On March 30, Tom Nichols and Brian Reardon held an S-Corp Member call covering essential parts of the Phase II and Phase III bills passed by Congress in response to the COVID-19 pandemic, including:
- The new mandated leave provisions;
- The delayed income tax deadline and payroll tax holiday; and
- The new small business loan program
Tom Nichols is a shareholder at Meissner Tierney Fisher & Nichols in Milwaukee and the long-time Chair of the S Corporation Association Advisory Board. Brian Reardon is the President of the S Corporation Association.
It appears Washington is coalescing around a set of policies to help families and businesses while the economy is effectively shut down. California’s “stay home” order is illustrative of the challenge – how do businesses survive when the government is telling everybody to stay home?
Just a week after states and localities began aggressively telling people to stay home, most businesses are confronting an indefinite period of sharply reduced demand or, in some cases, no demand at all. For those businesses, the key question is how much cash do they have and how long can they keep their workers on payroll with little or no revenue coming in, and no sense of how long the crisis will last?
Andrew Ross Sorkin grasped this challenge fully in his op-ed piece earlier this week calling on the government to make bridge loans available to all businesses. Here’s his key paragraph:
The fix: The government could offer every American business, large and small, and every self-employed — and gig — worker a no-interest “bridge loan” guaranteed for the duration of the crisis to be paid back over a five-year period. The only condition of the loan to businesses would be that companies continue to employ at least 90 percent of their work force at the same wage that they did before the crisis. And it would be retroactive, so any workers who have been laid off in the past two weeks because of the crisis would be reinstated.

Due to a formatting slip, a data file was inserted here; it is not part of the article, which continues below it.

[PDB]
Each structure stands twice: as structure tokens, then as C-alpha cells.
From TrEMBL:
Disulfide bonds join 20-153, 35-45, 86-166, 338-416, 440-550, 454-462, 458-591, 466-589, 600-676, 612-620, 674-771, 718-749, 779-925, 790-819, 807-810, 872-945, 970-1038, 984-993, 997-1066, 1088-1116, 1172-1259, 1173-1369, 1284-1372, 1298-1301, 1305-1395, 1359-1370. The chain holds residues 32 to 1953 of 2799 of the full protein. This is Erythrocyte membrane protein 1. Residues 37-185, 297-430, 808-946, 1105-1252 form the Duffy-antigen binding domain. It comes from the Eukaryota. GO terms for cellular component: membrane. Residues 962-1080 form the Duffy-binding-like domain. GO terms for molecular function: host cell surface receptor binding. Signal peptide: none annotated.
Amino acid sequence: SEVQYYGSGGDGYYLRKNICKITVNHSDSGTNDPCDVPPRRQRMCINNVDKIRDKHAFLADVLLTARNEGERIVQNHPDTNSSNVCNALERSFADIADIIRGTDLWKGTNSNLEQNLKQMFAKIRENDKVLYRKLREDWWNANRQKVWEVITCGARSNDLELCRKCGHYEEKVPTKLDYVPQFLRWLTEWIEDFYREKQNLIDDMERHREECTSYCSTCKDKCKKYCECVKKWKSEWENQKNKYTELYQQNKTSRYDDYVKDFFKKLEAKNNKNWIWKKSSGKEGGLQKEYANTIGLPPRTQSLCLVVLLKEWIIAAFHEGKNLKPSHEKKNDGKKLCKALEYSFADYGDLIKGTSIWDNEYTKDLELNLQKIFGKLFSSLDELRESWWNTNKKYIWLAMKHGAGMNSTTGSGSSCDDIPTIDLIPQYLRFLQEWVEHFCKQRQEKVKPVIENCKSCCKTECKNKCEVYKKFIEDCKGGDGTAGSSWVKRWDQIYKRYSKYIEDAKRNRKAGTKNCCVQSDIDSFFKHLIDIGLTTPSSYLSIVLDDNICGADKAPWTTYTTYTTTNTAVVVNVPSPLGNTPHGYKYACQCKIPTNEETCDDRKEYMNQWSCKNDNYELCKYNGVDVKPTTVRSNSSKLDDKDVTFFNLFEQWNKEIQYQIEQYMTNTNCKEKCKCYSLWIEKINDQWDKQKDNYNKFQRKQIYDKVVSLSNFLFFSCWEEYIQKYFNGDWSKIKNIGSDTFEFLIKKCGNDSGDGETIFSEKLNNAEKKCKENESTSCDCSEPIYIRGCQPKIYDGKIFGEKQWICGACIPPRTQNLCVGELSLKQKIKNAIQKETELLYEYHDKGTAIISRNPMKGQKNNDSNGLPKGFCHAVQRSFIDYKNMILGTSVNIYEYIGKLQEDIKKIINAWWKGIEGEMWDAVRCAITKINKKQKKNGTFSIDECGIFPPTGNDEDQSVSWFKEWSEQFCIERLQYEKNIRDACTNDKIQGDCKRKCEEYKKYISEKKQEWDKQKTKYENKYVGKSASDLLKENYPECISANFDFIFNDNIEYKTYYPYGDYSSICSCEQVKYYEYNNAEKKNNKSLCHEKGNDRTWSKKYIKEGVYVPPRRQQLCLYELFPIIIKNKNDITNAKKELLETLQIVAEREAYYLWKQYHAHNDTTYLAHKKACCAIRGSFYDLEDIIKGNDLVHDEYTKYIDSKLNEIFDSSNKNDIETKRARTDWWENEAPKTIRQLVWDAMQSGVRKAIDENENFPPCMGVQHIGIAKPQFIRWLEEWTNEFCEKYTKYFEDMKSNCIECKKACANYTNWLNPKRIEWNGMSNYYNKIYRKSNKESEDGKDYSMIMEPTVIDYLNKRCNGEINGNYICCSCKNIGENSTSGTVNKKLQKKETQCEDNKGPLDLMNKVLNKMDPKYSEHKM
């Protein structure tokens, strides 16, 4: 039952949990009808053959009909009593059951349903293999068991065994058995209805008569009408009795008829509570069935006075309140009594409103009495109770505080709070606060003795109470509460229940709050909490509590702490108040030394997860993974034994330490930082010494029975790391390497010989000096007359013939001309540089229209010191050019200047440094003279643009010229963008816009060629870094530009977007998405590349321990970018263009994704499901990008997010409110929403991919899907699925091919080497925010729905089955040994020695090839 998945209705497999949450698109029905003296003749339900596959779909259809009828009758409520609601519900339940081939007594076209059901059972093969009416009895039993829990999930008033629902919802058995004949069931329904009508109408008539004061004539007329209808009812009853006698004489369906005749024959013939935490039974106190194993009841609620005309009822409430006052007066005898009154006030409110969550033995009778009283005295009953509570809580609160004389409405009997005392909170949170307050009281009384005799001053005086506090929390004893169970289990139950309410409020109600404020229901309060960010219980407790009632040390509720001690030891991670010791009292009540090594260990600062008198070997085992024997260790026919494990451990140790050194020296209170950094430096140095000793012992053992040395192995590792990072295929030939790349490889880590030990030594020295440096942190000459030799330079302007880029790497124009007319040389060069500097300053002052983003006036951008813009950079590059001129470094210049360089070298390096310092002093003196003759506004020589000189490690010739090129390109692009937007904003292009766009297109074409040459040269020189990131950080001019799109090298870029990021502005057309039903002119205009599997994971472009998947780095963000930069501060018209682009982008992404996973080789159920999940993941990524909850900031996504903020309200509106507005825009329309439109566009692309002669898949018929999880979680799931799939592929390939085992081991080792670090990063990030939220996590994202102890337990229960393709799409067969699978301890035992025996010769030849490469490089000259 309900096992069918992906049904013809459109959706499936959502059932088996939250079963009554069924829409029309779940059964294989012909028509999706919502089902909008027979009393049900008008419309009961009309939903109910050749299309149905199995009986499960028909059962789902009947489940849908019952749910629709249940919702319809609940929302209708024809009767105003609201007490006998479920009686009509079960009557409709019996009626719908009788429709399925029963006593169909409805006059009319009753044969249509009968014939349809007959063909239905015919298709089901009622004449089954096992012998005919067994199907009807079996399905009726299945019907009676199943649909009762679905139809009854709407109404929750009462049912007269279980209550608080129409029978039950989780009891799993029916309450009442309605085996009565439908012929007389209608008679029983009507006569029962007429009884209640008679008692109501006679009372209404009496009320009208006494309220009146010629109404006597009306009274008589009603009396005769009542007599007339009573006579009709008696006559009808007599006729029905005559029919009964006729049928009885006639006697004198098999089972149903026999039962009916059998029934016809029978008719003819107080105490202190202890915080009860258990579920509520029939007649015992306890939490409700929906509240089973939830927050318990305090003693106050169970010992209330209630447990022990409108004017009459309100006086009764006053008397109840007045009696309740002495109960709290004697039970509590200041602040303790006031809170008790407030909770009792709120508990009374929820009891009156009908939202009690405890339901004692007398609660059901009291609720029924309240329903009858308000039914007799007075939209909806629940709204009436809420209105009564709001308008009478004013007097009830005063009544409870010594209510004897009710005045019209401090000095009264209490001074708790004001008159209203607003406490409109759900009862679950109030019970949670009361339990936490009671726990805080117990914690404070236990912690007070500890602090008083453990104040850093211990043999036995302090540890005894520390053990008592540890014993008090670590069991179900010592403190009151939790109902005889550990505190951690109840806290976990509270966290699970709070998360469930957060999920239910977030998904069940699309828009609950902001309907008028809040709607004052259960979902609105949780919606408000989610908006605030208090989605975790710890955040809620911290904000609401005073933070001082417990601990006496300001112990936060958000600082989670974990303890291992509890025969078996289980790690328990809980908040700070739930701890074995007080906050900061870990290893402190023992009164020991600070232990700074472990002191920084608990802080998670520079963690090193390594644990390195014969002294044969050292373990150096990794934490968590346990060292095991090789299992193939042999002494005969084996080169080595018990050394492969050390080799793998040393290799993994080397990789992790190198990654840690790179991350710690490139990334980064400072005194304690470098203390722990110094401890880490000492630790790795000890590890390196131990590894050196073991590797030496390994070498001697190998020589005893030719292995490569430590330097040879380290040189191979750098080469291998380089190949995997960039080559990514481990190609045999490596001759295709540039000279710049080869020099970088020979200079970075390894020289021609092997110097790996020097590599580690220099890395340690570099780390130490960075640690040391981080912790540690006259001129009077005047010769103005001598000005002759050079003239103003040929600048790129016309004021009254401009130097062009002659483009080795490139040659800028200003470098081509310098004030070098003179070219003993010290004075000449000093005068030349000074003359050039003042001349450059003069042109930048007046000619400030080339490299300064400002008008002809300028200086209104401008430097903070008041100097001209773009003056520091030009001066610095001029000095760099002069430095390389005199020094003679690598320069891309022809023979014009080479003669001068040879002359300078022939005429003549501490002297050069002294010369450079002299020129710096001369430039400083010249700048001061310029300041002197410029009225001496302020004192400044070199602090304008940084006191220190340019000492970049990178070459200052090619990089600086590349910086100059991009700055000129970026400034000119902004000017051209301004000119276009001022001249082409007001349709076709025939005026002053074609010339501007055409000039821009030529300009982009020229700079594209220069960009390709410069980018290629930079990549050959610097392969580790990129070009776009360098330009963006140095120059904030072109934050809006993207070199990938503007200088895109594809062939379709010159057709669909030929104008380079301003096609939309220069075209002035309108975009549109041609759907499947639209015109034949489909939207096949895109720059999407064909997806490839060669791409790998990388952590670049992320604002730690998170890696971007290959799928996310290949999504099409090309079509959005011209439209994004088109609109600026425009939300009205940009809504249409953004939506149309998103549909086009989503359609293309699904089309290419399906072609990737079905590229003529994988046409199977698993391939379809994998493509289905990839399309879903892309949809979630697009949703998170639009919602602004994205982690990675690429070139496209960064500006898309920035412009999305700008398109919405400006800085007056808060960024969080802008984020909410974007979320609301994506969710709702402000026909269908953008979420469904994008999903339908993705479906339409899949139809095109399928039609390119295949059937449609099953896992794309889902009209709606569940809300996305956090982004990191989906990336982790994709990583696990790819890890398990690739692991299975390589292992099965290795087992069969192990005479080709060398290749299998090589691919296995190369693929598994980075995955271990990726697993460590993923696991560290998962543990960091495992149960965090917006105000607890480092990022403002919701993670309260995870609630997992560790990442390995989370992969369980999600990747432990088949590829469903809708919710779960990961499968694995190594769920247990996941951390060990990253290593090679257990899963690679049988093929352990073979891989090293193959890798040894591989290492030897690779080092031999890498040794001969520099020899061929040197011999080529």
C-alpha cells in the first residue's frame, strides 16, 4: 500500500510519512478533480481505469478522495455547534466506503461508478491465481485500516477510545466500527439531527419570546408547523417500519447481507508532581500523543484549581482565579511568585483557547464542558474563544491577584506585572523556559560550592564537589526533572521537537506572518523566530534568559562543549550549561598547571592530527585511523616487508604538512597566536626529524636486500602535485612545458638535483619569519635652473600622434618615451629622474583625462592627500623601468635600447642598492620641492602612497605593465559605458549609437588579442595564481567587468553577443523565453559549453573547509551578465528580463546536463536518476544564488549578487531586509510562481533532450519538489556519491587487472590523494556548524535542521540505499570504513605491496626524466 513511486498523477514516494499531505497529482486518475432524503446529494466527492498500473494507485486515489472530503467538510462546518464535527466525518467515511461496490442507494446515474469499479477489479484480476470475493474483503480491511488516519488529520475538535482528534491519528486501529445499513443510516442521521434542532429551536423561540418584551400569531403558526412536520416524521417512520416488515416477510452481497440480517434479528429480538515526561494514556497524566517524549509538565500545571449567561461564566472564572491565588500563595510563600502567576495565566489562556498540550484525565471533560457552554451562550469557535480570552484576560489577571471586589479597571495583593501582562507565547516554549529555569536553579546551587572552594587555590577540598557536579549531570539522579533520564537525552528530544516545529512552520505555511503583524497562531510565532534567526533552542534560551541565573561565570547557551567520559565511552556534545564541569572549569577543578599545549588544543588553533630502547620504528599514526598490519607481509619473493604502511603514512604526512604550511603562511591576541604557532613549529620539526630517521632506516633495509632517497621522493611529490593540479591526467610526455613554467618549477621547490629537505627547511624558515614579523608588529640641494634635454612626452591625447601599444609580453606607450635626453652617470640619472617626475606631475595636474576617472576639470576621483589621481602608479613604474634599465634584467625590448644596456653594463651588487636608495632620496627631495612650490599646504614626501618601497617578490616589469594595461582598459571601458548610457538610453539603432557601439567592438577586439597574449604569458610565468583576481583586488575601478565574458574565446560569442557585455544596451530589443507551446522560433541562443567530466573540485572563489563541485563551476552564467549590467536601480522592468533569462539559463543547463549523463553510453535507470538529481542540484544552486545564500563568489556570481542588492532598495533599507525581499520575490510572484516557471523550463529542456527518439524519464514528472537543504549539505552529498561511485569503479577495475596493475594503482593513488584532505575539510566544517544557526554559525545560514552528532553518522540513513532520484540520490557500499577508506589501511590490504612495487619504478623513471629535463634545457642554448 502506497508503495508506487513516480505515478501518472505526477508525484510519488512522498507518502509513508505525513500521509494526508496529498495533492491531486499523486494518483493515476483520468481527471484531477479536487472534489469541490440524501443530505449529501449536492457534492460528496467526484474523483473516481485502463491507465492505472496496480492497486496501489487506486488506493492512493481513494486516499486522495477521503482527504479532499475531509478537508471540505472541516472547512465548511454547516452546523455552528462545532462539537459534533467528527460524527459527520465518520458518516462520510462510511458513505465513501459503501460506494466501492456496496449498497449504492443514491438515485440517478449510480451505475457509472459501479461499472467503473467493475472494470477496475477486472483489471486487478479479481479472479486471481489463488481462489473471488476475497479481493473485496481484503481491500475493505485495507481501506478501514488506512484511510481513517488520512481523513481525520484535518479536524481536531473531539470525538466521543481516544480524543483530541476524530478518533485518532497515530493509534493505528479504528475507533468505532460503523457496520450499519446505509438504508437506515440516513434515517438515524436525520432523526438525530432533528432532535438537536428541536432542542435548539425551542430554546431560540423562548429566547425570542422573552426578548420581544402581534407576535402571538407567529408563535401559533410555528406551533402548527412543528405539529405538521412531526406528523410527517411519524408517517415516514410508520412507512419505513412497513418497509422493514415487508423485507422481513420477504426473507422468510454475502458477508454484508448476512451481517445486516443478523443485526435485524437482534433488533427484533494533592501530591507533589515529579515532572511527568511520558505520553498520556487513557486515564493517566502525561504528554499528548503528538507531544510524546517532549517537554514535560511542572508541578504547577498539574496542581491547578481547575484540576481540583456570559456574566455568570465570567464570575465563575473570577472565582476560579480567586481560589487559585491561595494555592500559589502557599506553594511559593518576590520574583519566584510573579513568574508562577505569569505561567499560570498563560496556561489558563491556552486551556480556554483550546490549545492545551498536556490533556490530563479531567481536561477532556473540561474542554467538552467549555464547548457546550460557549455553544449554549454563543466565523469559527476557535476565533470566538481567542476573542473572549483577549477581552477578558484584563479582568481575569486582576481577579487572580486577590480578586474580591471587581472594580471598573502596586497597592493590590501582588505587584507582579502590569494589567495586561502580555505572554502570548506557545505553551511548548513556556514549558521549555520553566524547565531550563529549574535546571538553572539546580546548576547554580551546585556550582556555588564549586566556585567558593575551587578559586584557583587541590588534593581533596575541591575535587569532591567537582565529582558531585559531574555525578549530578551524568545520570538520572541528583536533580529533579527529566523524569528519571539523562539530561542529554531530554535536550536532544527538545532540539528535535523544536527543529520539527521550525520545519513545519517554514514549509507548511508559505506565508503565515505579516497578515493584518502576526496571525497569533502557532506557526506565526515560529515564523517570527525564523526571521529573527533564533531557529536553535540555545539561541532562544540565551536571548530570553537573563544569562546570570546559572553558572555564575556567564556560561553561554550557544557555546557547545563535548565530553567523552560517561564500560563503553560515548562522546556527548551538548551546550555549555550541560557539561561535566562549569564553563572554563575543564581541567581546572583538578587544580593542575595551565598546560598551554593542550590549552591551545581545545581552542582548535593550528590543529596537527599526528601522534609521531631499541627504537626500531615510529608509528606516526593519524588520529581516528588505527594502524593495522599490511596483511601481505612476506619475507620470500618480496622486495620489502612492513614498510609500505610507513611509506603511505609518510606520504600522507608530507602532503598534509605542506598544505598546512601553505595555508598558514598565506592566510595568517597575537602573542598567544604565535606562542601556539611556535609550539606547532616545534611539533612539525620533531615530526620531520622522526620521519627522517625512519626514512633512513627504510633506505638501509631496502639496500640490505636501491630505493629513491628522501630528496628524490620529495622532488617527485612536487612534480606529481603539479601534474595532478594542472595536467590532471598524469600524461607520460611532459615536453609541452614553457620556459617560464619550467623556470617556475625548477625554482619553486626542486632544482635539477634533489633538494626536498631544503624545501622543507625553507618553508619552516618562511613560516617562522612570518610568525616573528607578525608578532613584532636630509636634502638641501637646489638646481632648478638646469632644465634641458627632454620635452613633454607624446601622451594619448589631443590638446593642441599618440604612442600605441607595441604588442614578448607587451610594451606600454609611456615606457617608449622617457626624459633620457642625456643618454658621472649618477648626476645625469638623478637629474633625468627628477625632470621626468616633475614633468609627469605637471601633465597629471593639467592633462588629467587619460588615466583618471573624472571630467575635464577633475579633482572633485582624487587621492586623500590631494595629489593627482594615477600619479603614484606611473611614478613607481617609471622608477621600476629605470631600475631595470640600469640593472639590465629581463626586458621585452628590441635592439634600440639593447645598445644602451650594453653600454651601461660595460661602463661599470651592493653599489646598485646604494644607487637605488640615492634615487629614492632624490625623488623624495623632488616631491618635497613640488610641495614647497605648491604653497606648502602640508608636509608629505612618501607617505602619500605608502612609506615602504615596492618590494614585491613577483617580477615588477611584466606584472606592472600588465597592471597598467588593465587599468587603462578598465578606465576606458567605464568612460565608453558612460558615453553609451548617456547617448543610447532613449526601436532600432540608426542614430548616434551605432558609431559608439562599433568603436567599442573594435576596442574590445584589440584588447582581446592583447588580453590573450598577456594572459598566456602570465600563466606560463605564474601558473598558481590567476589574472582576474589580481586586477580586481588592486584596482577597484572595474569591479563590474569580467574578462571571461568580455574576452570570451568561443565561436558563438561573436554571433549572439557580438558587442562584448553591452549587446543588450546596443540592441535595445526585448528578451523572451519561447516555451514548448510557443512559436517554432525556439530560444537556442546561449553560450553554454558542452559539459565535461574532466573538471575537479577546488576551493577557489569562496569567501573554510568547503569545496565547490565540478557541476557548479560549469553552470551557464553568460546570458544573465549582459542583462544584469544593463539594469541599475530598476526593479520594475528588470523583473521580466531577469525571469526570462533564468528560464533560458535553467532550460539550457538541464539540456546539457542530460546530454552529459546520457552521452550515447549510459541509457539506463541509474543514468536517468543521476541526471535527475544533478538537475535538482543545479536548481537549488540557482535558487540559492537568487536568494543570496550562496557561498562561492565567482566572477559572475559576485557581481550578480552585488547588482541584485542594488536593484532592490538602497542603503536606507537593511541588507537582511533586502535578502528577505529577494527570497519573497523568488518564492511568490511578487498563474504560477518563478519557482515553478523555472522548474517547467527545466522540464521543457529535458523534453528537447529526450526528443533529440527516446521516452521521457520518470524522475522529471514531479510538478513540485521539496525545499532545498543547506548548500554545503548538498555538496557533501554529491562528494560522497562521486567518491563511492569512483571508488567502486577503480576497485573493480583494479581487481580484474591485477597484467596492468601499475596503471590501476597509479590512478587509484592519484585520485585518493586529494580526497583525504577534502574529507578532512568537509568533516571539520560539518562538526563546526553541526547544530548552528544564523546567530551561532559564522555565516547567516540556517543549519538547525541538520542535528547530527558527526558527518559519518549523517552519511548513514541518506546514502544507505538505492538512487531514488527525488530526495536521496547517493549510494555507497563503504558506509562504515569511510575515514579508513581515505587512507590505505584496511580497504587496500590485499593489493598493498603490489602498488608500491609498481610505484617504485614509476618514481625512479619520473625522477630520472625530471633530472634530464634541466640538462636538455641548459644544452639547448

Those who know Andrew from his day job on CNBC’s “Squawk Box” know his politics are left-of-center and that he’s typically skeptical of businesses seeking benefits from government, but this crisis is different. The goal here isn’t to bailout this industry or that industry – it is to help all businesses to survive so that, once the crisis is over, we can all go back to work. As Andrew argues, “…the plan’s entire aim is to return the economy to the state it was in before the crisis with as little change and interruption as possible.”
The good news is that this idea of restoring cash flow to businesses while the crisis continues is catching on in DC. Earlier this week, more than 100 trade groups wrote to the President and congressional leaders requesting them to make bridge loans available to businesses in all industries and all sizes, as well as suspending all filing and tax payments to the federal government. It simply makes no sense for the government to drain businesses of money at a time when they have so little revenue coming in. Here’s what the letter says about making credit available to employers:
Immediately provide readily accessible, unsecured credit to businesses of all sizes to ensure they have the cash to pay their workers, rent, and other costs during this crisis. While Congress, Treasury and the Federal Reserve have recently announced policies to increase the availability of credit to some businesses, these policies need to be expanded to make certain they are comprehensive and that the credit is readily available to all operating businesses in the short term.